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1920 - 1929

As Sydney continued to grow in the 1920s, the men wearing the Red, White and Blue became more concentrated around Bondi, Waverley, Bronte and Clovelly - with names such as 'Seasiders and 'Surfsiders' appearing in local newspapers.

On the field, the Tricolours claimed another title, but also had wavering success throughout, with a number of future legends beginning their careers at the back-end of the decade. 

1920 - Records Made, Lessons Learnt

Played: 14
Won: 8
Lost: 6
Draw: 0
Final Position: Fifth

Rugby League's booming popularity was evidenced by a then-record crowd of over 30,000 attending the match against Wests in Round 5 at the Sydney Cricket Ground, which saw Eastern Suburbs come away with a hard-fought 18-14 win.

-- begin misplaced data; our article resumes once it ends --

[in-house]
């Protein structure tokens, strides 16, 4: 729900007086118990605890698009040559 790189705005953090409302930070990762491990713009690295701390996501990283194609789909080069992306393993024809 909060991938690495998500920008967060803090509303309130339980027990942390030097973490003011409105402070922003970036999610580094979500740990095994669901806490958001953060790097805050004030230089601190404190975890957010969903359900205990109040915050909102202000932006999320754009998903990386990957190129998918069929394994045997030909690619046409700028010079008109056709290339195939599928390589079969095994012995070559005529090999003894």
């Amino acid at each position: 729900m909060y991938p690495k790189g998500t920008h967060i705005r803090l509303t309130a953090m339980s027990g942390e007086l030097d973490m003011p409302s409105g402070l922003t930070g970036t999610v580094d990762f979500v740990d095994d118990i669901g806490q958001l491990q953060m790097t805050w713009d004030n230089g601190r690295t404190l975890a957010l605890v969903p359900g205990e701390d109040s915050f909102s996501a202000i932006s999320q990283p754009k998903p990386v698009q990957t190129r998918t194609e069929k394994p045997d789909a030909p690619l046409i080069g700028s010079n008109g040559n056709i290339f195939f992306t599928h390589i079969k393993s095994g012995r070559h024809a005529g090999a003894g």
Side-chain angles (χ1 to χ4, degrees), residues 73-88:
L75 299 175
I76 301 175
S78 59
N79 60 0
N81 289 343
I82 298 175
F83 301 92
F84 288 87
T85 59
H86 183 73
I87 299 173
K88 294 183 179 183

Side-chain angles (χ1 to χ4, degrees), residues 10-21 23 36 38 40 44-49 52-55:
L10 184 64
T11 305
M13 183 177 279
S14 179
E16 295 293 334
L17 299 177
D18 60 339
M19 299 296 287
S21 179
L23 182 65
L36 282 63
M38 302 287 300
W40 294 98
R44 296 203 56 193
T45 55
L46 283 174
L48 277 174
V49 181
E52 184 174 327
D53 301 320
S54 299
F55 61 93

A first-up loss was followed by winning seven of their next eight games, including a massive 30-13 win over eventual Premiers Balmain in Round 10. 

During that period, from Round 4 to Round 8, the Tricolours wore Blue and White barred jerseys, due to a scarcity of wool, leaving the usual Red, White and Blue temporarily unprocurable - which was the first instance of the Club donning different colours. 

Unfortunately, the momentum halted as the side won only two of their last seven matches after holding second place after ten rounds, eventually finishing in fifth position, with a second-round loss in the City Cup to Wests. 

In a positive though, Les Cubitt was named as captain for Australia on the Kangaroo Tour.